Levin said that by failing to address Democrats’ concerns about the deals, Obama and the sponsors of the TPA legislation had dramatically raised the chances that opponents will seek to block the measure. “The administration has essentially given us the power to defeat TPA,” Levin said during a discussion with reporters in which he released seven pages of objections to the fast-track legislation that he said had not been addressed. The Michigan Democrat’s comments may be of particular concern to the administration because while Levin had previously been critical of the trade negotiations, he had not come out against granting Obama the fast track. That’s no longer the case. After Hatch, Wyden and Ryan culminated negotiations with the White House over TPA that excluded Levin and other Democrats, Levin announced his opposition in no uncertain terms. “I’m out to defeat the Hatch-Wyden bill,” he said Friday.
Today, April 18, tens of thousands of people in over 500 cities across the world are taking action against corporate trade and investment regimes that are threatening our environment and human rights. From a picket in the Philippines to a public forum in Ecuador and a direct action in Australia, participants in this unprecedented “Global Day of Action” are taking back control of our democracy. Trade and investments agreements are no longer just about import tariffs, but about a range of issues that determine the food we eat, the energy we use and the ability of our governments to regulate in the public interest. As of today, four massive new global trade agreements are being negotiated away from public scrutiny, despite the fact that they will affect the lives of over 1.5 billion people.
Because they have the experience of NAFTA and the WTO. What they’ve seen in the past, some of the promises in this fast-track are, they put 150 negotiating objectives. You know, protect the environment with enforceable rules, protect labor rights with enforceable rules. Those have been put into every fast-track agreement since the NAFTA and WTO and they’ve never accomplished anything. In fact there was a leak of the environmental chapter a year ago of the TPP, and it showed that the enforcement sections for the environment are weaker than they were under President Bush’s trade agreements. And so there’s less enforcement of the environment than there’s ever been. And so you have this fast-track that says the objective is to protect the environment with enforceable protections, and the leak says there’s no enforcement.
Over 110 farm, food and consumer groups urged members of Congress in aletter today to oppose trade promotion authority or “fast track” legislation that would pave the way for trade agreements detrimental to farmers, ranchers and food systems, such as the Trans-Pacific Partnership (TPP). A fast track bill, expected to be introduced this week, would allow the President to negotiate two mega trade deals in secret, and present a final version to Congress for a simple up or down vote—depriving Congress of its right to amend the finalized agreement. The groups expressed concern that pending trade deals would primarily benefit agribusiness corporations and not address the key challenges facing farmers and rural communities.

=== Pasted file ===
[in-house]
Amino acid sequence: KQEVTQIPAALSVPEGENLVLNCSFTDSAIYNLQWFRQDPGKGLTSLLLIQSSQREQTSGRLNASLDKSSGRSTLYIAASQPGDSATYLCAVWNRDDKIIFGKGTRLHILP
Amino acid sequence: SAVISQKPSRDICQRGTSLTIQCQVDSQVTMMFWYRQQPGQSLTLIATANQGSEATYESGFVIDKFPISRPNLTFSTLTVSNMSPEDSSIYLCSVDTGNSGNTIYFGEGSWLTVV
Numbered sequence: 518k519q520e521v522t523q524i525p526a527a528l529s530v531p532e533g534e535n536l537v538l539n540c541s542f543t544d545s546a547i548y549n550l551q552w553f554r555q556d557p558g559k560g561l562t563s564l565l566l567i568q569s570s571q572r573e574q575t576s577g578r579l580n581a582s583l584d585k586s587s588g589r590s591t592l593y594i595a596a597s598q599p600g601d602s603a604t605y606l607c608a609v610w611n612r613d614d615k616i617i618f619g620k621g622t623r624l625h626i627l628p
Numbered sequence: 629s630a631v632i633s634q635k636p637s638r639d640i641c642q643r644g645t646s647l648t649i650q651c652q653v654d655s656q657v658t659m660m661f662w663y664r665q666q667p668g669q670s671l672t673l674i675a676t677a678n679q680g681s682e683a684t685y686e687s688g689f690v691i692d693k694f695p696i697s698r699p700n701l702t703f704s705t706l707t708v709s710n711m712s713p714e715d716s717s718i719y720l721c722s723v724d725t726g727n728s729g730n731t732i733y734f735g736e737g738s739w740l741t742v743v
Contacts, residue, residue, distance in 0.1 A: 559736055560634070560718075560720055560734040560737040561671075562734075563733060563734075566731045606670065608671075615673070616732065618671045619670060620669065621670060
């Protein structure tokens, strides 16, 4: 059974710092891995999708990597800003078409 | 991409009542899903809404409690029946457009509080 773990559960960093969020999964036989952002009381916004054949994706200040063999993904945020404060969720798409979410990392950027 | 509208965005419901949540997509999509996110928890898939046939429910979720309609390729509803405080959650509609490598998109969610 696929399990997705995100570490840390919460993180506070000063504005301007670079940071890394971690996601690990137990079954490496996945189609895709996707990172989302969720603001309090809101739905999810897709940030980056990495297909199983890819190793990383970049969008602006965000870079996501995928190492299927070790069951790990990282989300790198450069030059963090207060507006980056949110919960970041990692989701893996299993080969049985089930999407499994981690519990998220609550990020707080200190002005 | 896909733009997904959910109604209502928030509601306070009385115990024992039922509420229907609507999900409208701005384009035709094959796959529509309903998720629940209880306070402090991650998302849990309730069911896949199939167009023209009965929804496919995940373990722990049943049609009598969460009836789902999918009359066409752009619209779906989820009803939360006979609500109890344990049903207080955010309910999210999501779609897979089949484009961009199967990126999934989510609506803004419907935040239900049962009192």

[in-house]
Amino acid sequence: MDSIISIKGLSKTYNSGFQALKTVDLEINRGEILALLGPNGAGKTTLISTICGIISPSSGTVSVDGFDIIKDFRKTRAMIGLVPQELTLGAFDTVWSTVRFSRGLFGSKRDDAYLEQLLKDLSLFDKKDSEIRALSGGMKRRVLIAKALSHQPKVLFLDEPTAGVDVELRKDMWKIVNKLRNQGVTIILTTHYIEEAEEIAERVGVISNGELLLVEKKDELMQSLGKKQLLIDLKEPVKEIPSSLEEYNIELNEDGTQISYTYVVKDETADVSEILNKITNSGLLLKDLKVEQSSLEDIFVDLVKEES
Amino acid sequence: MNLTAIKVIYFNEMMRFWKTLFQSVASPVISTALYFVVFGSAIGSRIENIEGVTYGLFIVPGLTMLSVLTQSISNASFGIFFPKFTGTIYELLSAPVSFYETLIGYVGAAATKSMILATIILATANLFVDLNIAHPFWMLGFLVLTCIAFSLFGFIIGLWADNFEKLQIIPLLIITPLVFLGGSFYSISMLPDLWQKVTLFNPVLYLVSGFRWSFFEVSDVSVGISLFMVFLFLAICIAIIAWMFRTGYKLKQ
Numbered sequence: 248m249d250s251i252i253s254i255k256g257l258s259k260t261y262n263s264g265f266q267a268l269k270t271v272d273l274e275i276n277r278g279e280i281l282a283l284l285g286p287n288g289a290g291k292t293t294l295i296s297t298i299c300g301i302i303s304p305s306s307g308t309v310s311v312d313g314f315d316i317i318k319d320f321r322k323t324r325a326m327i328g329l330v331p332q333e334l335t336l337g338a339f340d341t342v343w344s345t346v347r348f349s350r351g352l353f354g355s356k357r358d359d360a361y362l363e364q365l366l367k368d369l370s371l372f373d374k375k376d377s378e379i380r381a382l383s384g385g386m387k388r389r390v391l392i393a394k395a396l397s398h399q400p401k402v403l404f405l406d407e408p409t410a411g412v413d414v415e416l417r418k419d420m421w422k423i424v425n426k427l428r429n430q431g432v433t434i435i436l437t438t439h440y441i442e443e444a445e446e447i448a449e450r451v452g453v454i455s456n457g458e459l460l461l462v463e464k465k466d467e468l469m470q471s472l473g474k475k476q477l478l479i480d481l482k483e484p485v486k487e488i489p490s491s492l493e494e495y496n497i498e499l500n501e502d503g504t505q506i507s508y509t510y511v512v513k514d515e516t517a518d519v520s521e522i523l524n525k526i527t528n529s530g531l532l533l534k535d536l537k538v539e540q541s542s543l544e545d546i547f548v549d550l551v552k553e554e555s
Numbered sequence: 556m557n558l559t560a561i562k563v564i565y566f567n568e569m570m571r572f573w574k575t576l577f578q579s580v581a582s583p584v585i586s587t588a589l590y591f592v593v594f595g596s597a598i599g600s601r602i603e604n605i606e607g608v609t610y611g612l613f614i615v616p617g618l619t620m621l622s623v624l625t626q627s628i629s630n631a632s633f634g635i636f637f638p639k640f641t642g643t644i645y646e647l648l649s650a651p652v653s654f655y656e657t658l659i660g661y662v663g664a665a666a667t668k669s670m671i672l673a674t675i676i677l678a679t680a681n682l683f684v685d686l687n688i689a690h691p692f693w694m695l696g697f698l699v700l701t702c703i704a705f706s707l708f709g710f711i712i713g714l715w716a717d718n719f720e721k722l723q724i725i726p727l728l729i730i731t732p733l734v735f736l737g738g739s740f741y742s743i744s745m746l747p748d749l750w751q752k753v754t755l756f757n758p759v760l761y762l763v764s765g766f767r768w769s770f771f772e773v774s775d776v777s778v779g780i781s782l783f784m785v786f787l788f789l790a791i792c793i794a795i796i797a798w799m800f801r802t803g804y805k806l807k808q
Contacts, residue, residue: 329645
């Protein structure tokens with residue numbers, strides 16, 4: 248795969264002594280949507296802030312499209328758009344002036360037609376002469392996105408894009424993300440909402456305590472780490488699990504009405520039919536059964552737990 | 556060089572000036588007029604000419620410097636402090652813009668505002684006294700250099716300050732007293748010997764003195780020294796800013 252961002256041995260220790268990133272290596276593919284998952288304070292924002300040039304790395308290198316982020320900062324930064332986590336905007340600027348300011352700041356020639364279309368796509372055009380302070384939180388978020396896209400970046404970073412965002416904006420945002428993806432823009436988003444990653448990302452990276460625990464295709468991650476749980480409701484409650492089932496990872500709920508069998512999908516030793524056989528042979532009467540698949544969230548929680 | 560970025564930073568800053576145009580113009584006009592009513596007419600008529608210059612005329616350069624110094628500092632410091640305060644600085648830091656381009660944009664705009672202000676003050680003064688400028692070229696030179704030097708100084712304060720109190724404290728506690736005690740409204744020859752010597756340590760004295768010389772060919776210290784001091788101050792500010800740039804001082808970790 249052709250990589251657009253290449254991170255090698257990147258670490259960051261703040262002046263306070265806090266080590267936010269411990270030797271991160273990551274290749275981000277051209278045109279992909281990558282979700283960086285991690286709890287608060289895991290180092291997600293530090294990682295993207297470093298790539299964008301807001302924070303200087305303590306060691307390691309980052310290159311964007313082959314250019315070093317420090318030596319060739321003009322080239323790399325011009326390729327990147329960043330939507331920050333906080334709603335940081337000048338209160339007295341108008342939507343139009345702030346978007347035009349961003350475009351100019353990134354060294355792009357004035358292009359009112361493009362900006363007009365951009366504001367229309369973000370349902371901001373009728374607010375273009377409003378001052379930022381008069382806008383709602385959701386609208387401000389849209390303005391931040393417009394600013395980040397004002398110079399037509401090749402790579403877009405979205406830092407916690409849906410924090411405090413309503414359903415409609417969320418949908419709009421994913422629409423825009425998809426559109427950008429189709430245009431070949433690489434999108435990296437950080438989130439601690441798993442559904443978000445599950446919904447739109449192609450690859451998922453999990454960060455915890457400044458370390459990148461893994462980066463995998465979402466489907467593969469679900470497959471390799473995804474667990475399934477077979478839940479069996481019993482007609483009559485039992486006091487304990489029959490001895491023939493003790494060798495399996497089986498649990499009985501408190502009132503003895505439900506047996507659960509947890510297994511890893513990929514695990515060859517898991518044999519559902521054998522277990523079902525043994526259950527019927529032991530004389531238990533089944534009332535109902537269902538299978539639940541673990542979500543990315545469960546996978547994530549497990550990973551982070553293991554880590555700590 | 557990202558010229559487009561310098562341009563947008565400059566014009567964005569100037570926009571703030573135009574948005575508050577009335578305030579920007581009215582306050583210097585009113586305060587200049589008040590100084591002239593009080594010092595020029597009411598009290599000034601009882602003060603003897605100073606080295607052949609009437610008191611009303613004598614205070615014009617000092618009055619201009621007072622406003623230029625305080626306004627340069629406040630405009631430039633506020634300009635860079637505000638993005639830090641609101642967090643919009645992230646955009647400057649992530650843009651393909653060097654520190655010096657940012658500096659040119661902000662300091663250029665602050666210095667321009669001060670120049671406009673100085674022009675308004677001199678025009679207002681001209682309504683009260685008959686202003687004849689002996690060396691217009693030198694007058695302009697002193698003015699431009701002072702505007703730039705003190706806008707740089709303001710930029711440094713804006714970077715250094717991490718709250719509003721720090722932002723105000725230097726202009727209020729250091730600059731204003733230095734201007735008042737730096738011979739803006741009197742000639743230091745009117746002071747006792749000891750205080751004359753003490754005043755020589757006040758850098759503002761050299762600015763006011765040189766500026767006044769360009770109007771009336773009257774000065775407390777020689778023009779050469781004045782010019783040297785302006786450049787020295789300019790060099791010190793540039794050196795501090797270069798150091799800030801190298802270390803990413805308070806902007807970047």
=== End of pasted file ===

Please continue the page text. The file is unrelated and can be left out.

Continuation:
Another week, another victory for big business over a government in a secret pseudo-court. This time it’s the turn of private water giant Suez, who successfully sued Argentina for reversing the privatisation of Buenos Aires’s water supply. No matter that the country was in a state of economic crisis when the nationalisation took place, and the government didn’t want water prices to rise by 60%. No matter that the company time and again failed to meet its performance targets. In the world of corporate courts, nothing matters except an investor’s ‘right’ to profit. Yet it is exactly this system of so-called Investor State Dispute Settlement (ISDS) that we will be signing up to if the US-EU trade deal known as TTIP goes ahead. Again and again government ministers tell us there’s nothing to fear. Nothing in TTIP will prevent us running public services in the way we choose.
Yesterday, Senator Orin Hatch (R-UT), Senator Ron Wyden (D-OR) and Rep. Paul Ryan (R-WI) introduced a fast track bill that they will be pushing hard to get through the legislative process as quickly as possible. A hearing is planned for next Thursday in the Senate Finance Committee to mark-up the bill and perhaps vote on it. Hatch and Wyden spoke in flowery terms about the bill at a hearing on April 16, 2015 but when all the flowers are removed, not much has changed. The bill is a transfer of constitutional responsibility for trade to the president. The statements were misleading at best and at the announcement people working with Popular Resistance decided we needed to show our opposition. We stood up and turned our back on the committee as US Trade Representative Michael Froman was testifying. We also protested outside of the Dirksen Senate Office building showing our opposition to fast track for rigged corporate trade. One of their talking points is there are nearly 150 congressional objectives in the bill implying this gives Congress a role in setting the direction of the bill. But, the Trans-Pacific Partnership has been negotiated in secret by the Obama administration since 2009 and is nearly complete so how are these 150 objectives going to be met?